A Brief History of MLB Websites and Media via MLB.com

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A lot has changed in the world over the past 25 years and a lot has changed in the MLB world over the past 25 years as well. In 1996, the MLB only had 28 teams because the Tampa Bay Rays (formerly the Tampa Bay Devil Rays) and Arizona Diamondbacks didn’t exist as they appeared in 1998. To the media world, you weren’t reading this article because our company, FanSided, did not exist before 2009 and this site, Call To The Pen, did not exist until 2010.

In 1996, you wouldn’t have read much about MLB at all. MLB.com didn’t exist until 1995, and your favorite columnist or beat writer was in a newspaper. Until 2001, a year after Commissioner Bud Selig created MLBAM (MLB Advanced Media), the MLB did not have prominent writers covering a team’s games. Each team has managed their website individually, much like they do on Twitter in these days. However, most MLB sites were like most websites in 1996: bare bones.

The Montreal Expos site in 1996 is very different from an MLB site now.

For example, check out the image in the tweet below to see what an MLB team site looked like. It was the site of the Montreal Expos in 1996.

The Expos moved to Washington, DC and are now the Washington Nationals. The Nationals logo was created by the man who tweeted the photo, Todd Radom.

Since the team was in Montreal, this is the version of the site that was in English but it was originally written in French, the main language in Montreal.

There was just a quick recap of the most recent game, a few links for other box scores, and tickets and that was about it.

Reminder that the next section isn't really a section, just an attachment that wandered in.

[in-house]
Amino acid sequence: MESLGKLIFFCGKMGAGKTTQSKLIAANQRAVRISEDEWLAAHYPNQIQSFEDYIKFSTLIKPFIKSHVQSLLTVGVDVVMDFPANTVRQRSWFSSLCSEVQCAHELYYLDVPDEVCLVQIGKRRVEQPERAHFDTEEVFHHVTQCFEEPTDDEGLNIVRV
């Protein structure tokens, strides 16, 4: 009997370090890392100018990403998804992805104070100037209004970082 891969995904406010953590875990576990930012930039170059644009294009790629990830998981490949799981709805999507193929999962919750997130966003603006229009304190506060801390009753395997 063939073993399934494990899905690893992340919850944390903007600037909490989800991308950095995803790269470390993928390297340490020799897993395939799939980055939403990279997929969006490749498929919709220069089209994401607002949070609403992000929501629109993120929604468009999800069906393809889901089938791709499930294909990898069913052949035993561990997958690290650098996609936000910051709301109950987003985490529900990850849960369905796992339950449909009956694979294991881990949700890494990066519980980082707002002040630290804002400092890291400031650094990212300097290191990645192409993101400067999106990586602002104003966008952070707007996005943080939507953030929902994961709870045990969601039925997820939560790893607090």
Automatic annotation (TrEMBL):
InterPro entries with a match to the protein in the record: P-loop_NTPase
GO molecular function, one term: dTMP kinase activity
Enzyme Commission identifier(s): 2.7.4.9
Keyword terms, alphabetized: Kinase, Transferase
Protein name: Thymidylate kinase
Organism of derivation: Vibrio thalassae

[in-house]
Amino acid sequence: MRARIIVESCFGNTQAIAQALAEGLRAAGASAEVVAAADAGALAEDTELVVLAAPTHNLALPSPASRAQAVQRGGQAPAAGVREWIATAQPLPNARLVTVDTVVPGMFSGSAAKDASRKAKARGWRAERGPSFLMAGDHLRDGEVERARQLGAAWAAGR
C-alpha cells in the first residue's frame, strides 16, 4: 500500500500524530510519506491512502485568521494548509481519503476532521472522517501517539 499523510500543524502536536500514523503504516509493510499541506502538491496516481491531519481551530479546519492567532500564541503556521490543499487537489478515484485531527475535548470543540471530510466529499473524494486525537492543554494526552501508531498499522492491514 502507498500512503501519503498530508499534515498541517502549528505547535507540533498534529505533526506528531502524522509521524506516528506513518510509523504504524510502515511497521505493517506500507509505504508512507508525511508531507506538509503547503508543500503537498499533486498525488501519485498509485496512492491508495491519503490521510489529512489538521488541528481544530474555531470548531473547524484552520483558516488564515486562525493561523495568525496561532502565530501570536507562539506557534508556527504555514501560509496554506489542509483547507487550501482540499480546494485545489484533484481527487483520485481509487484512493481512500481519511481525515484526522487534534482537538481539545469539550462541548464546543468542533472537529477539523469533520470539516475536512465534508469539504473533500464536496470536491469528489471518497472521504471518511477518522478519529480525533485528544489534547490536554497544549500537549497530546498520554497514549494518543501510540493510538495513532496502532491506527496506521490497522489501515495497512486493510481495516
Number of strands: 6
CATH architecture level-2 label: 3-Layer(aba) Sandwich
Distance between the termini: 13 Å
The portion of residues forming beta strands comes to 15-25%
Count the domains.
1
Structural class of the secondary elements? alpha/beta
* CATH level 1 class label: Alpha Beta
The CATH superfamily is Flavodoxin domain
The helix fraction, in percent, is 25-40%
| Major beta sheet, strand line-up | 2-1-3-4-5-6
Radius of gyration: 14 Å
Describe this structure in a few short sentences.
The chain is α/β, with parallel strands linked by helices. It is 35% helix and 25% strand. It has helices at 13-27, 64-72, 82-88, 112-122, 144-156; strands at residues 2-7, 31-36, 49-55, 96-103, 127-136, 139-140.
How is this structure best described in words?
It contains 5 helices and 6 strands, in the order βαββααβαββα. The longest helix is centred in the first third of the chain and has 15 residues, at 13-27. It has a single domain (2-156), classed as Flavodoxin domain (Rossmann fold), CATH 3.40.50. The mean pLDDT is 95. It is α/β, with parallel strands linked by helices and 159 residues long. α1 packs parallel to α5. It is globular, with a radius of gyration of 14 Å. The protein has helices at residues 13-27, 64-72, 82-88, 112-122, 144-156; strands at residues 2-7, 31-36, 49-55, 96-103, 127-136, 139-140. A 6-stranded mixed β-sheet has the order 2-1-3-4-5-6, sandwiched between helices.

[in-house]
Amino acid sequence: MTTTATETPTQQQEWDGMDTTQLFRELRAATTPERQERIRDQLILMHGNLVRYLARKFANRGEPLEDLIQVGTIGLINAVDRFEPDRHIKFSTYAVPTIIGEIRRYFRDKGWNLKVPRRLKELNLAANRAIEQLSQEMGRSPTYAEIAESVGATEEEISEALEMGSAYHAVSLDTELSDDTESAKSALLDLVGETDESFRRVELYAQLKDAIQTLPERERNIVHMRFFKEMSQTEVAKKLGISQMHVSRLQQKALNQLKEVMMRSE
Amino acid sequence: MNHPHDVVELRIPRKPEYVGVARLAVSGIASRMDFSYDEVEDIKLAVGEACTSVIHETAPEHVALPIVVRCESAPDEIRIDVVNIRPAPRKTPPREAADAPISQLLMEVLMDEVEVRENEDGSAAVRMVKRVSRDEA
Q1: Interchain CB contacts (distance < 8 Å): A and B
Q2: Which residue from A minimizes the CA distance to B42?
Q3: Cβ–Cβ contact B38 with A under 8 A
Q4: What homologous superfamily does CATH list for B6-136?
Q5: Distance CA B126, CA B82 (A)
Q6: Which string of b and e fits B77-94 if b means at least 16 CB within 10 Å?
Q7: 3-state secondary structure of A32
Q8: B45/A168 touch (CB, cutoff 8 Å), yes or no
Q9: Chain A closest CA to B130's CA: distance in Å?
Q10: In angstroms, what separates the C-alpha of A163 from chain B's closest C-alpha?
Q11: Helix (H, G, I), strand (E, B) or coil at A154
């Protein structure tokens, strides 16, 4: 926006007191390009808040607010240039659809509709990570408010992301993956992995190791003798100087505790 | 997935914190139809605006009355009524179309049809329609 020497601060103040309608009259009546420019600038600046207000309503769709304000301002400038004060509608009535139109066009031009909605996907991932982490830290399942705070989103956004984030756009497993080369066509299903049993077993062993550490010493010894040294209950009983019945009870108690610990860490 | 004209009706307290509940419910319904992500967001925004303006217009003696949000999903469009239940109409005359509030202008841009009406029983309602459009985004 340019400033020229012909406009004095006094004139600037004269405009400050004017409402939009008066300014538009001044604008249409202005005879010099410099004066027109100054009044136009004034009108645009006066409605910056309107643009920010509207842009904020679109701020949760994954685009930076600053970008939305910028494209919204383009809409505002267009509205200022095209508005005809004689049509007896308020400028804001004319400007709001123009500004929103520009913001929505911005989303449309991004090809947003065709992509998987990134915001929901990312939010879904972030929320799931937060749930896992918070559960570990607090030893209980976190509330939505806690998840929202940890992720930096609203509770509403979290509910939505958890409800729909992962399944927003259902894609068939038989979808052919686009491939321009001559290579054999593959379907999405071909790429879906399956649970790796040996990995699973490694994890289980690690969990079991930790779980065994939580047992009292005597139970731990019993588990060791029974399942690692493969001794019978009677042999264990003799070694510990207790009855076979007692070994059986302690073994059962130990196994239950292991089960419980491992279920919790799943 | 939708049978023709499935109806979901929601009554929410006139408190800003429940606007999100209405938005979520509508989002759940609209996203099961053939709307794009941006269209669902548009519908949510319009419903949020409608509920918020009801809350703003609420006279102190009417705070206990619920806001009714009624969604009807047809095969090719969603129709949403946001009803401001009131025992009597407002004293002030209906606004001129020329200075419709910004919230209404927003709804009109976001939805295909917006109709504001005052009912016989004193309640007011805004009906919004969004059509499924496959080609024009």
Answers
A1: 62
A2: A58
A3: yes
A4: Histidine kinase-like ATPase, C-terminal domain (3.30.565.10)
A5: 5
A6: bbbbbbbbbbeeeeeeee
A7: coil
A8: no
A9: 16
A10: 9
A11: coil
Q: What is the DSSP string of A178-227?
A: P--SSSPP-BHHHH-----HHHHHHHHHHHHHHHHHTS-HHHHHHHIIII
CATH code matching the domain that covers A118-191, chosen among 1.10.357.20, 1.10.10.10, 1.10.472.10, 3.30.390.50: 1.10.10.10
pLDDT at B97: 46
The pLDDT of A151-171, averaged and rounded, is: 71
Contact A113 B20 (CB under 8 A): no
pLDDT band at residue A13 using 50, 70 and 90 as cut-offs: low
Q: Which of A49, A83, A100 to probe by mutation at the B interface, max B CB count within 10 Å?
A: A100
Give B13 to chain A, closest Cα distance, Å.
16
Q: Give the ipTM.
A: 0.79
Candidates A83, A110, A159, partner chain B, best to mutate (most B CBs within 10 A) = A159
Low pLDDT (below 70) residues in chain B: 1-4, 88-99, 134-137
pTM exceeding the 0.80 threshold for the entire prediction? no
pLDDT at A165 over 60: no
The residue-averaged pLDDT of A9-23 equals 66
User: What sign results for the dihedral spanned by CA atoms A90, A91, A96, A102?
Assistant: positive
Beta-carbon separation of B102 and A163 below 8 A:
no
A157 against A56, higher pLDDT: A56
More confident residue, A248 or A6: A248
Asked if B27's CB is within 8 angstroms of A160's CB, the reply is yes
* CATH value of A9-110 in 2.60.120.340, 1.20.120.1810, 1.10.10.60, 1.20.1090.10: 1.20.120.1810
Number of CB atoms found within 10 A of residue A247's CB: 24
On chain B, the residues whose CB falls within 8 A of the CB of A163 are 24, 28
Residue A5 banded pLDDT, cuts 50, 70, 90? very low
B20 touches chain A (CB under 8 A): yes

As Houston Astros broadcaster Robert Ford noted in a tweet in response to the photo, MLB teams often had a link to their radio show on their site … for free. Now with MLB Advanced Media, you have to pay to listen.

At the time, too, there were no highlights to watch. In fact, many games were not televised. For example, the Baltimore Orioles were a team that broadcast more games than others and in 1996 they broadcast their games like most teams did: between two channels (a local TV news channel and a cable channel) . Between the two stations, they have teamed up to broadcast 116 games. FOX and ESPN also covered some games, but all games were far from televised.

Some teams, like the Cincinnati Reds, haven’t broadcast all of their games until very recently. The Reds only started broadcasting all games (which were not nationally televised) until 2018 (in 2017, they only made 145 games. The 17 games that were not broadcast were often day or week games). The Reds alone started broadcasting over 100 games per season in 2003.

Currently, MLB.com looks like it was in the late 1990s due to the foreclosure, but during labor peace it’s a website you can get lost in stats, videos, bios and stuff for days on end, but not that long ago it wasn’t much at all.



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